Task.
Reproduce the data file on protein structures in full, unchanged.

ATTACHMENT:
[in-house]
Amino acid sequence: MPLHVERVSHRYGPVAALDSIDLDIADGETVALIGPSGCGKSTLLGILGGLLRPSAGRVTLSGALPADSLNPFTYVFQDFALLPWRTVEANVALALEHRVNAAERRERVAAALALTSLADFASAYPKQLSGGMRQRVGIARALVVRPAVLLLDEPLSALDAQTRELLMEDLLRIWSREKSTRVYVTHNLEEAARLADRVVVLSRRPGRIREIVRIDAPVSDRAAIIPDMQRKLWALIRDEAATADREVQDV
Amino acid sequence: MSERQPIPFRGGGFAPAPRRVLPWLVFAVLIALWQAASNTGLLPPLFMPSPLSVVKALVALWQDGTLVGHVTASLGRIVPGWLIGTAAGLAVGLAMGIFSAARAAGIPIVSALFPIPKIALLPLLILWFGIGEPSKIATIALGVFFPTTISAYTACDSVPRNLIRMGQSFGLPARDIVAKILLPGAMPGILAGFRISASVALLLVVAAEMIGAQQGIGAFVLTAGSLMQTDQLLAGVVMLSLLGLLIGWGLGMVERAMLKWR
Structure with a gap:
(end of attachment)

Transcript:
[in-house]
Amino acid sequence: MPLHVERVSHRYGPVAALDSIDLDIADGETVALIGPSGCGKSTLLGILGGLLRPSAGRVTLSGALPADSLNPFTYVFQDFALLPWRTVEANVALALEHRVNAAERRERVAAALALTSLADFASAYPKQLSGGMRQRVGIARALVVRPAVLLLDEPLSALDAQTRELLMEDLLRIWSREKSTRVYVTHNLEEAARLADRVVVLSRRPGRIREIVRIDAPVSDRAAIIPDMQRKLWALIRDEAATADREVQDV
Amino acid sequence: MSERQPIPFRGGGFAPAPRRVLPWLVFAVLIALWQAASNTGLLPPLFMPSPLSVVKALVALWQDGTLVGHVTASLGRIVPGWLIGTAAGLAVGLAMGIFSAARAAGIPIVSALFPIPKIALLPLLILWFGIGEPSKIATIALGVFFPTTISAYTACDSVPRNLIRMGQSFGLPARDIVAKILLPGAMPGILAGFRISASVALLLVVAAEMIGAQQGIGAFVLTAGSLMQTDQLLAGVVMLSLLGLLIGWGLGMVERAMLKWR
Structure with a gap: